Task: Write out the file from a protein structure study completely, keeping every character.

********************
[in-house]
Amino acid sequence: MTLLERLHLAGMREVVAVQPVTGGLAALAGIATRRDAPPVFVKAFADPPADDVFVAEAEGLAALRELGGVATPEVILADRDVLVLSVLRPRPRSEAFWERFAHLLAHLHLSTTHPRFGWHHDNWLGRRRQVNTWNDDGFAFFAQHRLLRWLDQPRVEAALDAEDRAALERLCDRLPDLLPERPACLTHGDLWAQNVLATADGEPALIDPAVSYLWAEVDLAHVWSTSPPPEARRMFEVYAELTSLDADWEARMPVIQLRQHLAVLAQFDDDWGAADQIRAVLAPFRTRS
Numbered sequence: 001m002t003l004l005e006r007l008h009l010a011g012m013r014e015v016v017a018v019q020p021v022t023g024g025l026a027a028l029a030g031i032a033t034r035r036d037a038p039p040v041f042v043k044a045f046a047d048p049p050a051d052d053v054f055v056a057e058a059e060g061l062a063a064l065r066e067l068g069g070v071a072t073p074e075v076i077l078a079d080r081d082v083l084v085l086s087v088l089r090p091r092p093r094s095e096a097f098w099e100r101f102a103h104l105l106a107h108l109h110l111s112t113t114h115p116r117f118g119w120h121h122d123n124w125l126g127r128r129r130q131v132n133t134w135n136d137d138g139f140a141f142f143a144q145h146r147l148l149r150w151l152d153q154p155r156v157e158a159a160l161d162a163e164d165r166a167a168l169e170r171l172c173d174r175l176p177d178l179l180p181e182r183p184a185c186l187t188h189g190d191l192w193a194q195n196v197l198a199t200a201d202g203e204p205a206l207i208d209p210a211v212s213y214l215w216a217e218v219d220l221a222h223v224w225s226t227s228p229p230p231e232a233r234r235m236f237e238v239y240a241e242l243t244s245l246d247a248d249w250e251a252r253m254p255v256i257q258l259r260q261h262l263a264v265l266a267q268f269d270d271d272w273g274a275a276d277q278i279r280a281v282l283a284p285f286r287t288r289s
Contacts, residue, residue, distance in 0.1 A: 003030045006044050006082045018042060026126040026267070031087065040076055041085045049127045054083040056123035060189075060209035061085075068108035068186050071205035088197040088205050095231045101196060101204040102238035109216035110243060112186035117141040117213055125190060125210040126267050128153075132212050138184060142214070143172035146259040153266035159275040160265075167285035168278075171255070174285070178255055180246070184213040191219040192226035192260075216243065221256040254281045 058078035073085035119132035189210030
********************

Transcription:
[in-house]
Amino acid sequence: MTLLERLHLAGMREVVAVQPVTGGLAALAGIATRRDAPPVFVKAFADPPADDVFVAEAEGLAALRELGGVATPEVILADRDVLVLSVLRPRPRSEAFWERFAHLLAHLHLSTTHPRFGWHHDNWLGRRRQVNTWNDDGFAFFAQHRLLRWLDQPRVEAALDAEDRAALERLCDRLPDLLPERPACLTHGDLWAQNVLATADGEPALIDPAVSYLWAEVDLAHVWSTSPPPEARRMFEVYAELTSLDADWEARMPVIQLRQHLAVLAQFDDDWGAADQIRAVLAPFRTRS
Numbered sequence: 001m002t003l004l005e006r007l008h009l010a011g012m013r014e015v016v017a018v019q020p021v022t023g024g025l026a027a028l029a030g031i032a033t034r035r036d037a038p039p040v041f042v043k044a045f046a047d048p049p050a051d052d053v054f055v056a057e058a059e060g061l062a063a064l065r066e067l068g069g070v071a072t073p074e075v076i077l078a079d080r081d082v083l084v085l086s087v088l089r090p091r092p093r094s095e096a097f098w099e100r101f102a103h104l105l106a107h108l109h110l111s112t113t114h115p116r117f118g119w120h121h122d123n124w125l126g127r128r129r130q131v132n133t134w135n136d137d138g139f140a141f142f143a144q145h146r147l148l149r150w151l152d153q154p155r156v157e158a159a160l161d162a163e164d165r166a167a168l169e170r171l172c173d174r175l176p177d178l179l180p181e182r183p184a185c186l187t188h189g190d191l192w193a194q195n196v197l198a199t200a201d202g203e204p205a206l207i208d209p210a211v212s213y214l215w216a217e218v219d220l221a222h223v224w225s226t227s228p229p230p231e232a233r234r235m236f237e238v239y240a241e242l243t244s245l246d247a248d249w250e251a252r253m254p255v256i257q258l259r260q261h262l263a264v265l266a267q268f269d270d271d272w273g274a275a276d277q278i279r280a281v282l283a284p285f286r287t288r289s
Contacts, residue, residue, distance in 0.1 A: 003030045006044050006082045018042060026126040026267070031087065040076055041085045049127045054083040056123035060189075060209035061085075068108035068186050071205035088197040088205050095231045101196060101204040102238035109216035110243060112186035117141040117213055125190060125210040126267050128153075132212050138184060142214070143172035146259040153266035159275040160265075167285035168278075171255070174285070178255055180246070184213040191219040192226035192260075216243065221256040254281045 058078035073085035119132035189210030